On Sunday, a bipartisan group of Senators announced a deal on new gun safety legislation, although the actual text of an eventual bill hasn’t been formulated yet. The group included 10 Republicans, meaning that if all stay onboard with the initiative through the stage of voting on it, it can overcome the Senate’s filibuster rules. Senate Majority Leader Sen. Chuck Schumer (D-N.Y.) pledged to bring the eventual legislation to a vote.
“Today’s announcement of a bipartisan gun-safety framework is a good first step to ending the persistent inaction to the gun violence epidemic that has plagued our country and terrorized our children for far too long,” Schumer said. “Once the text of this agreement is finalized, I will put this bill on the floor as soon as possible so that the Senate can act quickly to advance gun-safety legislation.” There’s been another renewed push for action on gun safety following the recent mass shooting at an elementary school in Uvalde, Texas, where 19 kids and two adults were killed. The attacker in that incident was under 21 and legally procured an assault weapon he used in the massacre — and the attacker in another recent mass shooting, which took place in Buffalo, New York, was also under 21 years old.
This initiative will address that. As agreed to by the 20 total Senators in the group behind the weekend announcement, the legislation — if passed — “will limit the ability of potential mass shooters to quickly obtain assault rifles by establishing an enhanced background check process for gun purchasers under age 21, invest in the adoption and expansion of state red flag laws, close the boyfriend loophole, establish federal penalties for gun traffickers, and fund critical support services to help address our nation’s mental health crisis,” as Schumer’s statement explained it. Devastating gun violence has continued in tragedies across the nation since the Buffalo and Uvalde incidents. “After an unrelenting wave of gun-related suicides and homicides, including mass shootings, the Senate is poised to act on commonsense reforms to protect Americans where they live, where they shop, and where they learn. We must move swiftly to advance this legislation because if a single life can be saved it is worth the effort,” Schumer said.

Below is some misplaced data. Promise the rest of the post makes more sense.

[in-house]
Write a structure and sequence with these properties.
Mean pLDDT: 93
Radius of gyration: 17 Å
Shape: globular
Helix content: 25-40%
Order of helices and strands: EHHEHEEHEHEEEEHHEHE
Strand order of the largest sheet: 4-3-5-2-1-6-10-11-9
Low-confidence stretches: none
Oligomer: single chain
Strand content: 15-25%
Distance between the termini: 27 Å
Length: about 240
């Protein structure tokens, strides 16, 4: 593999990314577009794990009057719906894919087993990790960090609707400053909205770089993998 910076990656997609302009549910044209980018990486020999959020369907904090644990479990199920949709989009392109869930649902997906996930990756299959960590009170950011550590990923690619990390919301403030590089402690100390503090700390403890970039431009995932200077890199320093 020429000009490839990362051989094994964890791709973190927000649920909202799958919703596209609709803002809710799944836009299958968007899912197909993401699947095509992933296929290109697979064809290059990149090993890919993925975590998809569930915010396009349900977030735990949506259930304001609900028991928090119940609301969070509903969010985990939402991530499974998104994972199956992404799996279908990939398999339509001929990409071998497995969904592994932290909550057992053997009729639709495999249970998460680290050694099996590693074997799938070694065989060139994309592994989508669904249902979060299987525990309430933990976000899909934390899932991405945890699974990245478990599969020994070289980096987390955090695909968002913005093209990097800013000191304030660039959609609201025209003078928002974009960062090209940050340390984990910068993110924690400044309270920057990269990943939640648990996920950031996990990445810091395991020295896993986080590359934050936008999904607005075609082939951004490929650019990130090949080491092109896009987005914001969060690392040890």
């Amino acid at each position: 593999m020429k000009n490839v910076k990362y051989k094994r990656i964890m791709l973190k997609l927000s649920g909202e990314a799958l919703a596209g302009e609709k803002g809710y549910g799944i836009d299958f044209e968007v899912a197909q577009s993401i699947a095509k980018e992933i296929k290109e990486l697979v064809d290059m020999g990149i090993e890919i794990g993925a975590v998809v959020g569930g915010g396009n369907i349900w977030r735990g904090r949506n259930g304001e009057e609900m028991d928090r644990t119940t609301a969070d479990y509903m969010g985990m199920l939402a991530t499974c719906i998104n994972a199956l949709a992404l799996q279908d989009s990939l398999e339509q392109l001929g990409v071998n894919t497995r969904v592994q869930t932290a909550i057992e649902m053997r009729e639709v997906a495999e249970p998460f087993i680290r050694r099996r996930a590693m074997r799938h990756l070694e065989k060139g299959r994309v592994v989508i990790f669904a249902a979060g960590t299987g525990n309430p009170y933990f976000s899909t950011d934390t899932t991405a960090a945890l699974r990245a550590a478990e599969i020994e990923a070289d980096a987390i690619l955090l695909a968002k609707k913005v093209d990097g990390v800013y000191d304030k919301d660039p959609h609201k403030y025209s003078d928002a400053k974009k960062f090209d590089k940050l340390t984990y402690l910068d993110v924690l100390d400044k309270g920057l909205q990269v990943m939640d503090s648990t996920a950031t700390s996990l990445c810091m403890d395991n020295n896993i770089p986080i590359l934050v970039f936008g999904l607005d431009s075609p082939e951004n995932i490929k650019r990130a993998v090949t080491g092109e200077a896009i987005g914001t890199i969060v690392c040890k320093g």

David Hogg, who survived the 2018 high school shooting in Parkland, Florida, and is now involved with the national advocacy organization March for Our Lives, which he helped found, hailed the announcement of the new bipartisan gun legislation deal. “This is a first step and it’s actually a lot more than I thought it would be,” Hogg said on Twitter Sunday. “This is progress even if small. Even if it stops one parkland it’s worth it.” Among other recent displays of intense opposition to the persistence of the pro-gun lobby in the United States, a huge crowd of protesters turned out to the site of the recent Houston NRA convention as it began, and more recently, there was a series of anti-gun violence demonstrations around the country this past weekend associated with March for Our Lives. Houston was among the sites of protests this past weekend.